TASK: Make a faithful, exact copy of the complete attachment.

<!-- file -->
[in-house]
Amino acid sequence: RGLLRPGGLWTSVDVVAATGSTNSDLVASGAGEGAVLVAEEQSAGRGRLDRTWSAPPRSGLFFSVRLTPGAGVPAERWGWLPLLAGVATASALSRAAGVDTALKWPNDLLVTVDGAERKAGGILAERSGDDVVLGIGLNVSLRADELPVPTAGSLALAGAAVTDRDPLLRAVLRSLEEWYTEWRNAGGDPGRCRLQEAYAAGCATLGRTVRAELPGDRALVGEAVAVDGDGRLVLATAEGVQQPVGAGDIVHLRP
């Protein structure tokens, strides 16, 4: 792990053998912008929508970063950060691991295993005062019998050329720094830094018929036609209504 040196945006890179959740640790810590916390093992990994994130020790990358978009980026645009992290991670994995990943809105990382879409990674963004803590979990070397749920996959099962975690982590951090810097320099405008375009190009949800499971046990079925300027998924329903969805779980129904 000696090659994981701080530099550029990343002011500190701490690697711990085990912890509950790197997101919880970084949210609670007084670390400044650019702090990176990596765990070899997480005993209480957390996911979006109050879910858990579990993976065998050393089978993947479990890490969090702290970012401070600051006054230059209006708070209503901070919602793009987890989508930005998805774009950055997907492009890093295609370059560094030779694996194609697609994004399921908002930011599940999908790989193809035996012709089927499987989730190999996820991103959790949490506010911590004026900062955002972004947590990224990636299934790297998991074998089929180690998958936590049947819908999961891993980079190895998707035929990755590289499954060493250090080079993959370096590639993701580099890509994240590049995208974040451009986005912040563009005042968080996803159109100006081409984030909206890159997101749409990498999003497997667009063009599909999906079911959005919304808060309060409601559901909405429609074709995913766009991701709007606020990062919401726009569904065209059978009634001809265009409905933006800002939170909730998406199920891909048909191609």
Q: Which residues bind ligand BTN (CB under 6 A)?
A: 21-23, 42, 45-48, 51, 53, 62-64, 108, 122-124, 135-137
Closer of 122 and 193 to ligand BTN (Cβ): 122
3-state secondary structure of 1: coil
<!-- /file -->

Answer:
[in-house]
Amino acid sequence: RGLLRPGGLWTSVDVVAATGSTNSDLVASGAGEGAVLVAEEQSAGRGRLDRTWSAPPRSGLFFSVRLTPGAGVPAERWGWLPLLAGVATASALSRAAGVDTALKWPNDLLVTVDGAERKAGGILAERSGDDVVLGIGLNVSLRADELPVPTAGSLALAGAAVTDRDPLLRAVLRSLEEWYTEWRNAGGDPGRCRLQEAYAAGCATLGRTVRAELPGDRALVGEAVAVDGDGRLVLATAEGVQQPVGAGDIVHLRP
């Protein structure tokens, strides 16, 4: 792990053998912008929508970063950060691991295993005062019998050329720094830094018929036609209504 040196945006890179959740640790810590916390093992990994994130020790990358978009980026645009992290991670994995990943809105990382879409990674963004803590979990070397749920996959099962975690982590951090810097320099405008375009190009949800499971046990079925300027998924329903969805779980129904 000696090659994981701080530099550029990343002011500190701490690697711990085990912890509950790197997101919880970084949210609670007084670390400044650019702090990176990596765990070899997480005993209480957390996911979006109050879910858990579990993976065998050393089978993947479990890490969090702290970012401070600051006054230059209006708070209503901070919602793009987890989508930005998805774009950055997907492009890093295609370059560094030779694996194609697609994004399921908002930011599940999908790989193809035996012709089927499987989730190999996820991103959790949490506010911590004026900062955002972004947590990224990636299934790297998991074998089929180690998958936590049947819908999961891993980079190895998707035929990755590289499954060493250090080079993959370096590639993701580099890509994240590049995208974040451009986005912040563009005042968080996803159109100006081409984030909206890159997101749409990498999003497997667009063009599909999906079911959005919304808060309060409601559901909405429609074709995913766009991701709007606020990062919401726009569904065209059978009634001809265009409905933006800002939170909730998406199920891909048909191609």
Q: Which residues bind ligand BTN (CB under 6 A)?
A: 21-23, 42, 45-48, 51, 53, 62-64, 108, 122-124, 135-137
Closer of 122 and 193 to ligand BTN (Cβ): 122
3-state secondary structure of 1: coil